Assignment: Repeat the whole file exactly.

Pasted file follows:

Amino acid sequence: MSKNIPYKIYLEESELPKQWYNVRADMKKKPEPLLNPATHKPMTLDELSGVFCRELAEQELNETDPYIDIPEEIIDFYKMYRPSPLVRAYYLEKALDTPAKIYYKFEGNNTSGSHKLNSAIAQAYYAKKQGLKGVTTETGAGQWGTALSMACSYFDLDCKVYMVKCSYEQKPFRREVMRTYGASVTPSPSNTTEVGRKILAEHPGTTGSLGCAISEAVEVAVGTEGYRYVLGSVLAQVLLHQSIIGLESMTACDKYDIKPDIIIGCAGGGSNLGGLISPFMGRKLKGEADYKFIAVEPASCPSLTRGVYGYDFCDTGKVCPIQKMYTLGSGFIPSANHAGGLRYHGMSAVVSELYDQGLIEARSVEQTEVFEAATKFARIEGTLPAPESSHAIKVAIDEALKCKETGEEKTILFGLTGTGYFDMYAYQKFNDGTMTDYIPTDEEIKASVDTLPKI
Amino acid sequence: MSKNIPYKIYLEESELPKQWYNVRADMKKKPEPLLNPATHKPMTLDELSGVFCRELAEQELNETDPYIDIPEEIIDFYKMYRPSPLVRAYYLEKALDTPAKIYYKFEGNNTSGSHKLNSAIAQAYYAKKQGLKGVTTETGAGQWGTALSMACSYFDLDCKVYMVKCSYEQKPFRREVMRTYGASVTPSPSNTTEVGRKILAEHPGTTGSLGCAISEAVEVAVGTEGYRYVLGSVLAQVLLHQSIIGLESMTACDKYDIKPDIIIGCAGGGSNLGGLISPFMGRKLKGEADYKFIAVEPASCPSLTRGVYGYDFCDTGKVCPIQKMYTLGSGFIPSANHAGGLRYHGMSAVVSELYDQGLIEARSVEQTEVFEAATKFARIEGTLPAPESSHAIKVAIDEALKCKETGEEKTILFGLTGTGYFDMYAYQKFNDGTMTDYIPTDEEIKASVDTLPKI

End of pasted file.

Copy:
Amino acid sequence: MSKNIPYKIYLEESELPKQWYNVRADMKKKPEPLLNPATHKPMTLDELSGVFCRELAEQELNETDPYIDIPEEIIDFYKMYRPSPLVRAYYLEKALDTPAKIYYKFEGNNTSGSHKLNSAIAQAYYAKKQGLKGVTTETGAGQWGTALSMACSYFDLDCKVYMVKCSYEQKPFRREVMRTYGASVTPSPSNTTEVGRKILAEHPGTTGSLGCAISEAVEVAVGTEGYRYVLGSVLAQVLLHQSIIGLESMTACDKYDIKPDIIIGCAGGGSNLGGLISPFMGRKLKGEADYKFIAVEPASCPSLTRGVYGYDFCDTGKVCPIQKMYTLGSGFIPSANHAGGLRYHGMSAVVSELYDQGLIEARSVEQTEVFEAATKFARIEGTLPAPESSHAIKVAIDEALKCKETGEEKTILFGLTGTGYFDMYAYQKFNDGTMTDYIPTDEEIKASVDTLPKI
Amino acid sequence: MSKNIPYKIYLEESELPKQWYNVRADMKKKPEPLLNPATHKPMTLDELSGVFCRELAEQELNETDPYIDIPEEIIDFYKMYRPSPLVRAYYLEKALDTPAKIYYKFEGNNTSGSHKLNSAIAQAYYAKKQGLKGVTTETGAGQWGTALSMACSYFDLDCKVYMVKCSYEQKPFRREVMRTYGASVTPSPSNTTEVGRKILAEHPGTTGSLGCAISEAVEVAVGTEGYRYVLGSVLAQVLLHQSIIGLESMTACDKYDIKPDIIIGCAGGGSNLGGLISPFMGRKLKGEADYKFIAVEPASCPSLTRGVYGYDFCDTGKVCPIQKMYTLGSGFIPSANHAGGLRYHGMSAVVSELYDQGLIEARSVEQTEVFEAATKFARIEGTLPAPESSHAIKVAIDEALKCKETGEEKTILFGLTGTGYFDMYAYQKFNDGTMTDYIPTDEEIKASVDTLPKI